African Crested Porcupine

Hystrix cristata

About the African Crested Porcupine


Geographic Range:


Class: Mammalia  
Order: Rodentia
Family: Hystricidae  
Genus: Hystrix  
Species: cristata

The African crested porcupine is named for the crest of white-tipped bristles around its neck. It has long hair and black-and-white quills that can grow to a foot in length. The porcupine does not shoot its quills at predators; rather, it sheds them on impact so that they become imbedded in an attacker.

African Crested Porcupine Facts


African crested porcupines have a crest of white-tipped bristles around the neck. They have long hair and black and white quills that range from a couple of inches to a foot in length. Females may be larger than males, but otherwise, the sexes are alike in appearance and are difficult to distinguish. Their short rump spines and the underside of their tails are white.


  • Length: Up to 39 inches; tail 4 to 6.5 inches
  • Weight: 30 to 65 pounds


One to four African crested porcupine offspring are born after a gestation of 93 to 100 days. Reproduction may occur at any time of year. Offspring are born with their eyes open and incisors that have already broken through the gums. The young nurse for three to four months and reach full size by one year of age. Female procupines reach maturity by 16 months, while males reach maturity by 18 months.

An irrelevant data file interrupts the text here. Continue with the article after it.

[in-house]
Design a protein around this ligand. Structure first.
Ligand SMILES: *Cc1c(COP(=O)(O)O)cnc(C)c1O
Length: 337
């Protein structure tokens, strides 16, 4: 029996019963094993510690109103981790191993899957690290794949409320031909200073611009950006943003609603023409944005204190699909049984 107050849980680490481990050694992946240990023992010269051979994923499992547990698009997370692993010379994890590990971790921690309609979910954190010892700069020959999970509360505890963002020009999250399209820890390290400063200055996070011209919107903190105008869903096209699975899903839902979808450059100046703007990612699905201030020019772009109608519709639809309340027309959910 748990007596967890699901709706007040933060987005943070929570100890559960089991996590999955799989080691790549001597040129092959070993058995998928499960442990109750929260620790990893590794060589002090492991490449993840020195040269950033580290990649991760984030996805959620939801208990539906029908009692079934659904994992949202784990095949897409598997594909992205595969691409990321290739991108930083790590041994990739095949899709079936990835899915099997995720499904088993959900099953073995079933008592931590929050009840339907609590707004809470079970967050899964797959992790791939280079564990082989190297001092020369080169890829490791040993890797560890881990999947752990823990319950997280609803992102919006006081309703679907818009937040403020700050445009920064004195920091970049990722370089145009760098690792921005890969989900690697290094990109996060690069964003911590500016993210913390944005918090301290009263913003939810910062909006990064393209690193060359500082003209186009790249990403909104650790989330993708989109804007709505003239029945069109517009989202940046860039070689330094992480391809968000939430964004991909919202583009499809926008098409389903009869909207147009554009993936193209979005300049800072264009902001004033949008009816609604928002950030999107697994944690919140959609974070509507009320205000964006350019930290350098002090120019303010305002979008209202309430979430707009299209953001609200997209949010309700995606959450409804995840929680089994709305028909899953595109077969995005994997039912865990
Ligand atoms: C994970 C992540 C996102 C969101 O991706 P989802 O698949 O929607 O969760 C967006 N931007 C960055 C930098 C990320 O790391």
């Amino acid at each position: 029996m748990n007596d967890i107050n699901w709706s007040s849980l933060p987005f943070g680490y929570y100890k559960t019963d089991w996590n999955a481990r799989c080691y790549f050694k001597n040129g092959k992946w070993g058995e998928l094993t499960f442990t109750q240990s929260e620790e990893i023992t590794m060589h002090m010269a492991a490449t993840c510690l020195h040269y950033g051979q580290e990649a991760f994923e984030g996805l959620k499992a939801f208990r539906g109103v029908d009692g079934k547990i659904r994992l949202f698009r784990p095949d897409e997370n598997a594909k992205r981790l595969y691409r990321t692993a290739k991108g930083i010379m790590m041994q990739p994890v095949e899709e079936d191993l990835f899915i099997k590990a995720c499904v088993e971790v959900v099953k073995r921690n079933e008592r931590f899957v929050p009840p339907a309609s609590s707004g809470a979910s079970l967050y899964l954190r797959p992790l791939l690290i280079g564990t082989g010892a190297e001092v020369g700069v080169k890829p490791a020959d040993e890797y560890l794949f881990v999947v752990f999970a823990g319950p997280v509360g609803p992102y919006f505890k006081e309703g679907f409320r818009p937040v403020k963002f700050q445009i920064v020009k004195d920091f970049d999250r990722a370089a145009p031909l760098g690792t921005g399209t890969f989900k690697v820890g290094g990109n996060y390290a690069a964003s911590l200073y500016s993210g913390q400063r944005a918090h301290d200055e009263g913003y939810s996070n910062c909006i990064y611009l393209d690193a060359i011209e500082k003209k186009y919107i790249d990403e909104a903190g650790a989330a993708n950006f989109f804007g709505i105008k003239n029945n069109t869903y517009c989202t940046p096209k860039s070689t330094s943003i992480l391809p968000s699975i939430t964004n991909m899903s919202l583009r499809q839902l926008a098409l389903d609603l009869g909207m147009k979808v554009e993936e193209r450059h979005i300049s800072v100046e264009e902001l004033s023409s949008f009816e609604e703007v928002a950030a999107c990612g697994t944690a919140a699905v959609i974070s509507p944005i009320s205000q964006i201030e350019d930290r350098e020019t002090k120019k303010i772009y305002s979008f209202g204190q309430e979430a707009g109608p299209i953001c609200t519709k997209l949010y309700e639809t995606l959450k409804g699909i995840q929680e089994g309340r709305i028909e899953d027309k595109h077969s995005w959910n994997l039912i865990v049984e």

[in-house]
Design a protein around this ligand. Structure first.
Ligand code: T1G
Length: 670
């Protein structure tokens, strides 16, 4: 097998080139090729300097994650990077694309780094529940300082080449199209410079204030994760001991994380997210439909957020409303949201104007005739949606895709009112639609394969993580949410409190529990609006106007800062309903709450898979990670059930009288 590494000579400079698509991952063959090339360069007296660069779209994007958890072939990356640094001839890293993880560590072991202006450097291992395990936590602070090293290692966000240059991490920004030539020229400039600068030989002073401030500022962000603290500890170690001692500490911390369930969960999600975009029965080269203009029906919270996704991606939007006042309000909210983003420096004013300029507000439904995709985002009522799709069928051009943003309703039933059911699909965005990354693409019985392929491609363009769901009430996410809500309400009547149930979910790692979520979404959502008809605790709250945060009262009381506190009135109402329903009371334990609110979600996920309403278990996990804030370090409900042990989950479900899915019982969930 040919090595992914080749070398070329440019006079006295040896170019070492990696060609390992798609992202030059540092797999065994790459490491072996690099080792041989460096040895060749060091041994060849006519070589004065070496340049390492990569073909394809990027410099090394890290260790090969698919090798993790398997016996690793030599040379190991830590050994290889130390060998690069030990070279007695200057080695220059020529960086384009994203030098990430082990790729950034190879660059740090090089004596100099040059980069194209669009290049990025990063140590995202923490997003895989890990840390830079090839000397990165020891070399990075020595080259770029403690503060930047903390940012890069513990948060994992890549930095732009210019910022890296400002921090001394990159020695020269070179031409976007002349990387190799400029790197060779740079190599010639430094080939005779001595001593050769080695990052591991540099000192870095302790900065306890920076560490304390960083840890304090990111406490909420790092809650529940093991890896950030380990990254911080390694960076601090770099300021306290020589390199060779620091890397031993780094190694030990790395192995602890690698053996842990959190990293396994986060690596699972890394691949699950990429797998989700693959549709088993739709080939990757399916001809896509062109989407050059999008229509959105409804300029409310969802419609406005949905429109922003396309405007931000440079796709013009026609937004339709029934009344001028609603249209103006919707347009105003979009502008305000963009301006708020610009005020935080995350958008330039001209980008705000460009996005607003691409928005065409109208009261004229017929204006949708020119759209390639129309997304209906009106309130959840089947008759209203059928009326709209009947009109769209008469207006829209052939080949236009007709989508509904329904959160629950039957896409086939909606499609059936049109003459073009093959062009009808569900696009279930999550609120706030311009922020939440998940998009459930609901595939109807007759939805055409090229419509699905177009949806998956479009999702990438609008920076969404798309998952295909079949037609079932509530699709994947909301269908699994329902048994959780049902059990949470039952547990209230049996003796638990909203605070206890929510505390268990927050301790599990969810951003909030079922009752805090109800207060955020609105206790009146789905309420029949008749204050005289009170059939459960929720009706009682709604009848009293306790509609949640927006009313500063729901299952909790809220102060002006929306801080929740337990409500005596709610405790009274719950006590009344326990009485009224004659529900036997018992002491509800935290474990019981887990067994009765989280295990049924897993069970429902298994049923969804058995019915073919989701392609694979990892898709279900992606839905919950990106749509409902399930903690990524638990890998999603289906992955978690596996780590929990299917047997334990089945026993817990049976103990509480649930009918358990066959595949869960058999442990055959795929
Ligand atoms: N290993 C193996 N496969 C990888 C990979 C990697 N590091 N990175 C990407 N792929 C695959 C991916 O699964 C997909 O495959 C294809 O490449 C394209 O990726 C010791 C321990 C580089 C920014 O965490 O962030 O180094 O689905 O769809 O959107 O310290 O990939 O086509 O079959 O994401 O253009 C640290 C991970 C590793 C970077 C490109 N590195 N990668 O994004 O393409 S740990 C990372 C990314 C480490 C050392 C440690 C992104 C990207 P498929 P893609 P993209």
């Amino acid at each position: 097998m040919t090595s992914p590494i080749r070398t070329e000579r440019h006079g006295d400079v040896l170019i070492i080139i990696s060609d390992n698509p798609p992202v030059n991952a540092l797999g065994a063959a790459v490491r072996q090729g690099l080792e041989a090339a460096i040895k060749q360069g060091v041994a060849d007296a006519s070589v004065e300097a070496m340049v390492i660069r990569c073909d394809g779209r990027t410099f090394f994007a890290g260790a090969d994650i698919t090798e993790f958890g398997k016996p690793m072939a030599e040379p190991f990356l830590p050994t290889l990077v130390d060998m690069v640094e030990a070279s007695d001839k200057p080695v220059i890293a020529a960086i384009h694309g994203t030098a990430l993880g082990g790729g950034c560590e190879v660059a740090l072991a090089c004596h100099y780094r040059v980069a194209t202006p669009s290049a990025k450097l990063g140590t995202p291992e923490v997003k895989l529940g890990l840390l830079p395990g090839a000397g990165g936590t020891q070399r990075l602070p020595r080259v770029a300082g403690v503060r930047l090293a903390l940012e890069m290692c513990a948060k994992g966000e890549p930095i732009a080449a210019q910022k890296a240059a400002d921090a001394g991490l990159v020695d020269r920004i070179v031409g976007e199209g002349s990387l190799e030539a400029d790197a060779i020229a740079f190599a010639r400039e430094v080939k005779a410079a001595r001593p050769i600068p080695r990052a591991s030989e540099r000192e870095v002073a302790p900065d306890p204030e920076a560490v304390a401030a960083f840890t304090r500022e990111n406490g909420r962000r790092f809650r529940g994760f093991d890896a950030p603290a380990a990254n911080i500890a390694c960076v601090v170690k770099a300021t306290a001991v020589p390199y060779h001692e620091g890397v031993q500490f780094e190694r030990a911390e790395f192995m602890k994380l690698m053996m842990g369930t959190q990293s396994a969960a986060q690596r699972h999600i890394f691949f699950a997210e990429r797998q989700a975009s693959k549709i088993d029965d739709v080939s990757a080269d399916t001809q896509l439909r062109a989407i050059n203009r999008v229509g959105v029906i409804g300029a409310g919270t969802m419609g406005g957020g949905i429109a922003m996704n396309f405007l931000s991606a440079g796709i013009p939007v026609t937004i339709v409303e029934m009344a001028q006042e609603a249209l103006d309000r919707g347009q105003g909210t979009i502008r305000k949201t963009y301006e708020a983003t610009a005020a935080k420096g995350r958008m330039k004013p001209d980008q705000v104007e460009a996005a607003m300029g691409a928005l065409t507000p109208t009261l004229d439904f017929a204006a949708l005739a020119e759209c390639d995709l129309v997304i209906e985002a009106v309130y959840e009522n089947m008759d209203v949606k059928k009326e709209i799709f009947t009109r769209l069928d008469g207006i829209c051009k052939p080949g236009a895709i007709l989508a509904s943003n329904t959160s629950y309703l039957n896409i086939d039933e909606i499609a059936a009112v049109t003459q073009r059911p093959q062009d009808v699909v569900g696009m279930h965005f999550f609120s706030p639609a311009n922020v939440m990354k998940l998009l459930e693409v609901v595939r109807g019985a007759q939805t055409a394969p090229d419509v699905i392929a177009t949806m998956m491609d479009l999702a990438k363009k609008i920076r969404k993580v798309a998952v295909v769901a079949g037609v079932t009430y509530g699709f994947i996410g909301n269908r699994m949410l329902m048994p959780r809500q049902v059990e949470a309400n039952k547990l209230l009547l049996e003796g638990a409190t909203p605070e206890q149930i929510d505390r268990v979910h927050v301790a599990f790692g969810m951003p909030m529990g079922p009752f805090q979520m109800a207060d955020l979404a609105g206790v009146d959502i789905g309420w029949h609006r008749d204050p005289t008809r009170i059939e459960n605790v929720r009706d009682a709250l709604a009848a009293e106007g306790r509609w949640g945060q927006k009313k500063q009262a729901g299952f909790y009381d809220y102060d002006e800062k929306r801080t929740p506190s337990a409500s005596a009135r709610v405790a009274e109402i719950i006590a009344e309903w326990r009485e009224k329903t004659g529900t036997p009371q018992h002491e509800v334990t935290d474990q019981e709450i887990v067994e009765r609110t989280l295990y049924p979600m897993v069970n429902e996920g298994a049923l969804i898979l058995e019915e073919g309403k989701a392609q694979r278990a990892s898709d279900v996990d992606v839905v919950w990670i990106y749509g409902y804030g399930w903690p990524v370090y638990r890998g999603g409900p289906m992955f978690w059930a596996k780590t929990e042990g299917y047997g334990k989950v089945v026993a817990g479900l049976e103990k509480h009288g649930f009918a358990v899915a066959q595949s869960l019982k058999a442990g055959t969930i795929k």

Median Life Expectancy: 

15 years


This species inhabits all habitats south of the equator in Africa, from sea level to 6,500 feet elevation.


African spurred porcupines are primarily herbivores, or plant-eaters. They feed on roots, bulbs, tuber and bark. Occasionally, they will gnaw on old carcasses and bones to get calcium and to wear down their teeth.


African crested porcupines are nocturnal, and, unlike new world porcupines, they're exclusively terrestrial. They may be found in small family groups, but they tend to forage alone and to follow the same paths searching for food. They'll modify natural shelters, such as caves, crevices or burrows created by other animals. If no suitable shelter is available, they will dig their own burrow.

When alarmed, the quills are erected and the porcupine puts its back toward the threat for maximum protection. Porcupines shake their specially-modified, hollow quills, known as “rattle quills.” Porcupines don't actually "shoot" their quills, but shed them upon impact, so they become imbedded in an attacker. Porcupines may freeze if they hear a large predator.

Acute hearing allows this species to respond quickly to threats. Their ability to make noise with their rattle quills wards off predators. They use foul-smelling urine to mark their territories. Often, these porcupines will wedge themselves into a burrow with their quills facing out, thus making it difficult for a larger predator to dislodge them. Broad feet with sharp claws enable them to dig for roots and for shelter.

Role in Habitat:

Hyenas, leopards, raptors and pythons will eat porcupines on occasion.